Could the industry have prevented the elevated levels of lead in applesauce using AI?

Last month, headlines were made about the outbreak of lead poisoning traced in applesauce products that resulted in more than 202 cases being reported, primarily children 6 and younger, that showed elevated levels of lead in their blood. The outbreak, which spread at least across 33 states in the US, according to FDA’S investigation, impacted markets outside the country, Cuba and the United Arab Emirates where the affected products were also distributed. Federal testing concluded that the recalled applesauce products contained 200 times the safe for consumption amount of lead

This sharp increase in the number of incidents is clearly depicted below for 2023, as it was captured by the FOODAKAI, AI-powered food safety analytics platform.

Lead poisoning can be harmful to humans of every age due to its toxicity with children being particularly susceptible, and potentially resulting in long-term problems including brain damage and developmental disorders.

The source of the elevated levels of lead in the applesauce was traced by the FDA to cinnamon imported from Ecuador which was used for its production and contained increased amounts of lead. Consequently an import alert for cinnamon products from Ecuador was placed blocking entry to relevant products in the country.

When a food safety incident of such magnitude happens, it is critical that we ask ourselves two vital questions. Could it have been prevented and why did we miss it?

Was the lead poisoning preventable?

According to Frank Yiannas, Deputy Commissioner for Food Policy & Response at FDA, as he notes in his recent articlethis tragic incident was foreseeable, preventable, and is unacceptable.” The potential occurrence of such alarmingly-high levels of lead in spices shouldn’t have been a surprise but a “reasonably foreseeable hazard” to manufacturers as he states. 

He continued that there is a well-documented literature regarding lead in various spices if sourced from unscrupulous suppliers and that concerns have been widely publicized about lead in infant and children’s products even by political leaders. Additionally he explained that the 2011 FSMA passed by the US congress was based on HACCP which emphasized an all-hazards approach.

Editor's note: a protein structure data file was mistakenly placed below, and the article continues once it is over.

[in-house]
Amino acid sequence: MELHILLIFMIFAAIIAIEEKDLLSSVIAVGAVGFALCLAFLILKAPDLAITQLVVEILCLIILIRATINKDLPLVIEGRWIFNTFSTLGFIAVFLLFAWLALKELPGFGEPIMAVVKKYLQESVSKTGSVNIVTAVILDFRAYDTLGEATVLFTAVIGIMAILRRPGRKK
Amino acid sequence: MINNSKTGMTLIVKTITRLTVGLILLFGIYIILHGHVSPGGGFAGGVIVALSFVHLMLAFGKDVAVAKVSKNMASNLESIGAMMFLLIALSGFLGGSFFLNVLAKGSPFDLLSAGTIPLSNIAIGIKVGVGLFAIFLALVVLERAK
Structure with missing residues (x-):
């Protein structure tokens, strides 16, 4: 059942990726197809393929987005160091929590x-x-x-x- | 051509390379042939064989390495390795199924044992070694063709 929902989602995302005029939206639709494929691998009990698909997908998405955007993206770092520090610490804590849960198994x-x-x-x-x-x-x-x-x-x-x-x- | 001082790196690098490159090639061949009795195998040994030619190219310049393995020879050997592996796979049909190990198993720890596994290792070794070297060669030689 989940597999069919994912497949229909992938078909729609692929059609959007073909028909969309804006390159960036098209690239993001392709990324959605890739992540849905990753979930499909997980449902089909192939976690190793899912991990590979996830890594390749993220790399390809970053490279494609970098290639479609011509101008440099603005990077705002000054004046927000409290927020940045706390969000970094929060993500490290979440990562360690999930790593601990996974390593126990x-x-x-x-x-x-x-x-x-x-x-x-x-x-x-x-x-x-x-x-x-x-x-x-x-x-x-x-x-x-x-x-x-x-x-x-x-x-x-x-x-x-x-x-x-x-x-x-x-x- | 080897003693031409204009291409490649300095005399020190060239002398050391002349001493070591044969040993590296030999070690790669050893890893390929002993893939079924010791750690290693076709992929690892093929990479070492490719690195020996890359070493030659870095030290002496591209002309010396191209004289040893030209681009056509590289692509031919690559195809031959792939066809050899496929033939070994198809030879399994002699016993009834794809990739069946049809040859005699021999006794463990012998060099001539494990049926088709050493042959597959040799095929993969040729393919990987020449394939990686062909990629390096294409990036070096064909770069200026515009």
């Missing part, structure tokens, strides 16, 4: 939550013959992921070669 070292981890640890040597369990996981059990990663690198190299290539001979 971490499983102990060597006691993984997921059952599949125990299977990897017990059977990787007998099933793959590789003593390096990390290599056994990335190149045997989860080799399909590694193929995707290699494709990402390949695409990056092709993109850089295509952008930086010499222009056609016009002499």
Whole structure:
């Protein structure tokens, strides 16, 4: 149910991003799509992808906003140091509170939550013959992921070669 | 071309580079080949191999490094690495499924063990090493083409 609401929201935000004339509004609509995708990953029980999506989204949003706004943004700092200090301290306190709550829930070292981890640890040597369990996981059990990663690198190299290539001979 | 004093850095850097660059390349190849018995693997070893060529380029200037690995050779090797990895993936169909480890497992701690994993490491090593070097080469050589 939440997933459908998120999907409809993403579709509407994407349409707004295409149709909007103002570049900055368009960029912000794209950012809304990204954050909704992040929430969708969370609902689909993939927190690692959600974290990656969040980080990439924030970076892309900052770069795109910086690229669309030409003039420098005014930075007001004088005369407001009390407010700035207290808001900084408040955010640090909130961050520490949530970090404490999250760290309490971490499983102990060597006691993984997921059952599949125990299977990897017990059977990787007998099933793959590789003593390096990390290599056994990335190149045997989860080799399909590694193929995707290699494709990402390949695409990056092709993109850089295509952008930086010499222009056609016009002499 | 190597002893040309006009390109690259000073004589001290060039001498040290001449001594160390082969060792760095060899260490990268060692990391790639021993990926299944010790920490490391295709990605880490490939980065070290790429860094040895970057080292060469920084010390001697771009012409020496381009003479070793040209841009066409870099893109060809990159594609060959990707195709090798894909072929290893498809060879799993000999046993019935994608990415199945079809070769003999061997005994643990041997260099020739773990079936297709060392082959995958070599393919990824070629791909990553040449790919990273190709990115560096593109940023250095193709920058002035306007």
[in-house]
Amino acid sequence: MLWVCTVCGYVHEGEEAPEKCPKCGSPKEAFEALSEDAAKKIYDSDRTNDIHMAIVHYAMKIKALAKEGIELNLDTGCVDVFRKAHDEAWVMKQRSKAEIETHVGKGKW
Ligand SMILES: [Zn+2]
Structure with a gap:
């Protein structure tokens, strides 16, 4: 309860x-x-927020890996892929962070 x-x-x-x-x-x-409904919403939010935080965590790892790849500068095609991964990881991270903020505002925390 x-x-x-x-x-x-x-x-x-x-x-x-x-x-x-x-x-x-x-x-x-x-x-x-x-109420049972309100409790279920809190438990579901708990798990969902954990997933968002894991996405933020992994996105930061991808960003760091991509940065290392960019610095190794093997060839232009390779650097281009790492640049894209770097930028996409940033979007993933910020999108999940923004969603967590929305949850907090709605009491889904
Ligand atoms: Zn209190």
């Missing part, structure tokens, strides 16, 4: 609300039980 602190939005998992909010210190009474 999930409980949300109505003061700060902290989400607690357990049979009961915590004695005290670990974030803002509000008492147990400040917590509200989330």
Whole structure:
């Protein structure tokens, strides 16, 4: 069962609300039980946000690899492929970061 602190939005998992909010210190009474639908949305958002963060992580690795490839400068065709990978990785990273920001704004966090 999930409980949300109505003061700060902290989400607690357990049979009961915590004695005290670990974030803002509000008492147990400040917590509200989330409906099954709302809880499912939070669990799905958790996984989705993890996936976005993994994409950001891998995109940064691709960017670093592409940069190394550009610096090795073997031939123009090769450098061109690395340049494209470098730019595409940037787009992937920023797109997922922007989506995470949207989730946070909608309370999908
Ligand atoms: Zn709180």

With that in mind we thought it necessary to pose the same question to ourselves and see if FOODAKAI, Agroknow’s AI-powered food safety data analytics and trend forecasts platform anticipated such an event.

Did FOODAKAI forecast the lead poisoning food safety incident?

To understand if FOODAKAI had forecasted the increase of lead in cinnamon we examined the trend forecasts for the months previous to the outbreak of lead in applesauce due to imported cinnamon from Ecuador.

As indicated in the image below, for several months before the food safety incident, FOODAKAI was highlighting heavy metals as an emerging new risk for cinnamon. More specifically, FOODAKAI’s Tailored predictions dashboard for Herbs and Spices forecasted high content of lead in cinnamon as a prominent hazard for cinnamon. FOODAKAI was successful in forecasting the risk of lead in cinnamon, effectively helping organizations be more vigilant about this particular risk by performing a more informed risk assessment.

High Content of Lead as an emerging risk for Cinnamon

Incidentally,  according to FOODAKAI, several food safety incidents pertaining to lead in cinnamon were reported by the authorities over the last years, the latest of which 6 months before the outbreak in May 2023 by the FDA in the US (as seen below).

Recent food safety incidents regarding Lead in Cinnamon

Despite the multiple early warnings regarding lead in cinnamon it seems that manufacturers had largely missed them, not testing for lead in their products, possibly lacking an accumulated view of the number of relevant past incidents and the emerging risk.

What is the reason that the industry missed such warnings?

What has been evident in recent years is that the food industry and especially medium and smaller companies do not always include chemical hazards when formulating their risk prevention plan.  Maria Velissariou, Ex-Corporate R&D VP and CSO, Mars and Founder of Maria Velissariou Consulting LLC,  in a recent discussion we had with her highlighted that issue, where these food & beverage companies are already overwhelmed by focusing on microbial hazards, that they don’t emphasize on chemical hazards.

Frank Yiannas in his article similarly pointed out the presence of “narrower mindset that separates, compartmentalizes, and creates silos of hazards and risks (microbiological vs chemical), thereby, all potential hazards are no longer thought of as being part of FSMA.” This as he explained can result in a less holistic view, with food manufactures performing “less than adequate risk assessments”.

Way Forward

It is vital that food & beverage companies don’t overlook the clear signs of the risks that chemical hazards pose for their supply chain, adopting an all-hazard risk assessment approach that capitalizes on anticipating risks from all potential hazards that might impact their supply chain and endanger consumers’ health.

FOODAKAI’s successful forecasts on the lead chemical hazard is based on the development of a very elaborate taxonomy of chemical contaminants in alignment with the CAS classification of chemical hazards and AI models built on highly-tested algorithms. Through our platform's capabilities, food and beverage companies can through actionable data and accurate trend forecasts perform enhanced risk assessment on all potential chemical or other hazards factoring in emerging risks. Thus, with an arsenal of high quality food risk intelligence information, they can formulate a comprehensive mitigation strategy, take the appropriate preventive measures and avoid such large scale incidents.

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